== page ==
ORLANDO — Infants born with a congenital heart disease during 1990-1999 who then underwent care at a tertiary center had an 89% actuarial survival rate to age 18 or older, based on data of more than 3,800 patients at one Belgium center.
The rate was a significant improvement over an 85% survival to adulthood rate for infants with congenital heart disease born during 1980-1989 and managed at the same center, and the 82% survival to age 18 or older in infants born during 1970-1979, Philip Moons, Ph.D., said at the annual scientific sessions of the American Heart Association.
Dr. Moons and associates used the clinical database of the congenital heart disease program at Catholic University in Leuven, Belgium, which included 17,044 patients born with gross structural abnormalities of the heart or intrathoracic great vessels. Twenty-three percent were born during 1990–1999;24% before 1970, 10% during 1970–1979, 21% during 1980–1989, and 17% in 2000 or more recently.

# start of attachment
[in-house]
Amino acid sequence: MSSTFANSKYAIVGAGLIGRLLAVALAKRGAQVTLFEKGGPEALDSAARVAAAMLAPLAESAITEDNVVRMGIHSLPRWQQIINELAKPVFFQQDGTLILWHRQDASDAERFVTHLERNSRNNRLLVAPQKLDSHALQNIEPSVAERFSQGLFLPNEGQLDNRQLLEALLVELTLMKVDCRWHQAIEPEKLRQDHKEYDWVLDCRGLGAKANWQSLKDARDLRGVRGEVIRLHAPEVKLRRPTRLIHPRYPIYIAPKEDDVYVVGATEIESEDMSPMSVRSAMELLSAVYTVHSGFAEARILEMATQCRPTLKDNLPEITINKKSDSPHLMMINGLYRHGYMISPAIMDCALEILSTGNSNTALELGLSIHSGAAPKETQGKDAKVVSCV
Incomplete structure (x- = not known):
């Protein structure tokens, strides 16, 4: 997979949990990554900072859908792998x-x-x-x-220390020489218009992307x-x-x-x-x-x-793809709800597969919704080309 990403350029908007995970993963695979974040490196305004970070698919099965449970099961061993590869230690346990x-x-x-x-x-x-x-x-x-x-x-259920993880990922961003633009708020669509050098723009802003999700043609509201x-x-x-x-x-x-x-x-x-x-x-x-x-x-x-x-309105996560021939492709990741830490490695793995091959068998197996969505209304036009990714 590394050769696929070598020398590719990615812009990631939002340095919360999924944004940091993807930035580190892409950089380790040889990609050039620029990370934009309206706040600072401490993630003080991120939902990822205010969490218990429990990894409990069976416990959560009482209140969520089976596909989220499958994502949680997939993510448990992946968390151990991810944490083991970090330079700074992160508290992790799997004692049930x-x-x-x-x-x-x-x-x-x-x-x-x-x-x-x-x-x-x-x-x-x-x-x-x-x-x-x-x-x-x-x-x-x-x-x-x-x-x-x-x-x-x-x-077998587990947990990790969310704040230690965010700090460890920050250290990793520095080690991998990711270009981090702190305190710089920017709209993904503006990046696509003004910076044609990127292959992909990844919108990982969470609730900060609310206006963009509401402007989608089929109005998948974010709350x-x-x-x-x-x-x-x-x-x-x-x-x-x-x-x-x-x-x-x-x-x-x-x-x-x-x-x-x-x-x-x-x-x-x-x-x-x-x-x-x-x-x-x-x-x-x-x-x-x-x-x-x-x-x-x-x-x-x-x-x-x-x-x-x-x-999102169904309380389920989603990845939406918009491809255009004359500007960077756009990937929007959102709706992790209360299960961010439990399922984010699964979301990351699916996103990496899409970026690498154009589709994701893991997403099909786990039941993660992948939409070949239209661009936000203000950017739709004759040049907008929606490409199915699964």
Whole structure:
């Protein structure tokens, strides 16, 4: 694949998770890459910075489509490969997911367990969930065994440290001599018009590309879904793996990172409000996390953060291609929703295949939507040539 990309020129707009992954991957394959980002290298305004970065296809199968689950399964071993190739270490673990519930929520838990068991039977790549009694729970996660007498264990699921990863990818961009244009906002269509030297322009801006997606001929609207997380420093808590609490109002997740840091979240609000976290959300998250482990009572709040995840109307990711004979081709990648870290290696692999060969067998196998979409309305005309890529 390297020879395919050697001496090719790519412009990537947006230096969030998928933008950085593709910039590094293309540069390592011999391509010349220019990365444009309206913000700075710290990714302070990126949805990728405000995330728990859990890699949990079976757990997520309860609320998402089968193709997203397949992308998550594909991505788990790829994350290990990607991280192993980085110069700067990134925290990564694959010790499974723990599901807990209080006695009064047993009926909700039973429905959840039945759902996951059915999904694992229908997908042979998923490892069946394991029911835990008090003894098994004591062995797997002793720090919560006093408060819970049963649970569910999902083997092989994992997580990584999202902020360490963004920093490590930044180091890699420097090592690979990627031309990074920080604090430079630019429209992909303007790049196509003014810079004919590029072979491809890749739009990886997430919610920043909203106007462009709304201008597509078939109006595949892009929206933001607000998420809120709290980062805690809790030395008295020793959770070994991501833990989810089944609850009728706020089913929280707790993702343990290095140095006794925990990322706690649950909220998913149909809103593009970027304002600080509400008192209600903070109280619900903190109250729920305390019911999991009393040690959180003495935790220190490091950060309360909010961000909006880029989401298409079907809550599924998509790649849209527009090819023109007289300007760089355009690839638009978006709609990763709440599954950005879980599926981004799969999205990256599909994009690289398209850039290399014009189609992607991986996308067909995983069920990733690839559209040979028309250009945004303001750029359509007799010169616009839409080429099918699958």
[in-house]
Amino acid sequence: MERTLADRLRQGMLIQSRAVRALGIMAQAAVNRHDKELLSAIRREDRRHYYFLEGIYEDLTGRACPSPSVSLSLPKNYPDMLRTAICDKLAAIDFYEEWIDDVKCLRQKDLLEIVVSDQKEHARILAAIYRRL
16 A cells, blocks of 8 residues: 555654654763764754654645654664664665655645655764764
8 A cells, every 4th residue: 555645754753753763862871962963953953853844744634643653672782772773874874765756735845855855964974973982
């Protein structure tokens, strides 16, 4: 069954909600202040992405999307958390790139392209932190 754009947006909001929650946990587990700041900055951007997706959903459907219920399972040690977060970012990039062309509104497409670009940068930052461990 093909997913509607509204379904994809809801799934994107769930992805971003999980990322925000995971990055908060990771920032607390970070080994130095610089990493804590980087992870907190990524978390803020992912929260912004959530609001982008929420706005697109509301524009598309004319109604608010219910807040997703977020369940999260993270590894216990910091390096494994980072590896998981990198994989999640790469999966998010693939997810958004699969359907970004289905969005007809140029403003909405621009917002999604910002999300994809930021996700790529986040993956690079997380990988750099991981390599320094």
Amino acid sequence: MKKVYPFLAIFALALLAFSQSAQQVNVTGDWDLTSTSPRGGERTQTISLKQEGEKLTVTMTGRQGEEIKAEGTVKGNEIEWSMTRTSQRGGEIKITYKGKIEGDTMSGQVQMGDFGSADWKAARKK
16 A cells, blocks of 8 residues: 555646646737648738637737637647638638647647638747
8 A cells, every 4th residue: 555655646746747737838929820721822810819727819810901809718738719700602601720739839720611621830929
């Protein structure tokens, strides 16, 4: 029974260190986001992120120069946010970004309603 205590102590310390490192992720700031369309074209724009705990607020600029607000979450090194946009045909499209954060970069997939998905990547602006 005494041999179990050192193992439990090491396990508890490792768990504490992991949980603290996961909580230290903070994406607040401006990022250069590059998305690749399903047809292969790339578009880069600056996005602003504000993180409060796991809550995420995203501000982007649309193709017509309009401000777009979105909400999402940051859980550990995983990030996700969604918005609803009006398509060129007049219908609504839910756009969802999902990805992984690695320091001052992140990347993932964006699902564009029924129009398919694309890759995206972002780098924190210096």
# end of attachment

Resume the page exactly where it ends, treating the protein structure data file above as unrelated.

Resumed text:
The most common congenital diseases for the entire group was ventricular septal defect, in 22%, followed by atrial septal defect in 15%, and pulmonary valve abnormality in 10%.
In the 1990-1999 group, mortality from congenital heart disease occurred because of cardiac failure in 56%, postoperative complications in 22%, and perioperative complications in 9%. In the 1990-1999 group, mortality during follow-up was 99% in patients with mild congenital heart disease, 90% in those with moderate disease, and 59% in patients with a complex abnormality, said Dr. Moons, a researcher at Catholic University who reported no financial conflicts of interest.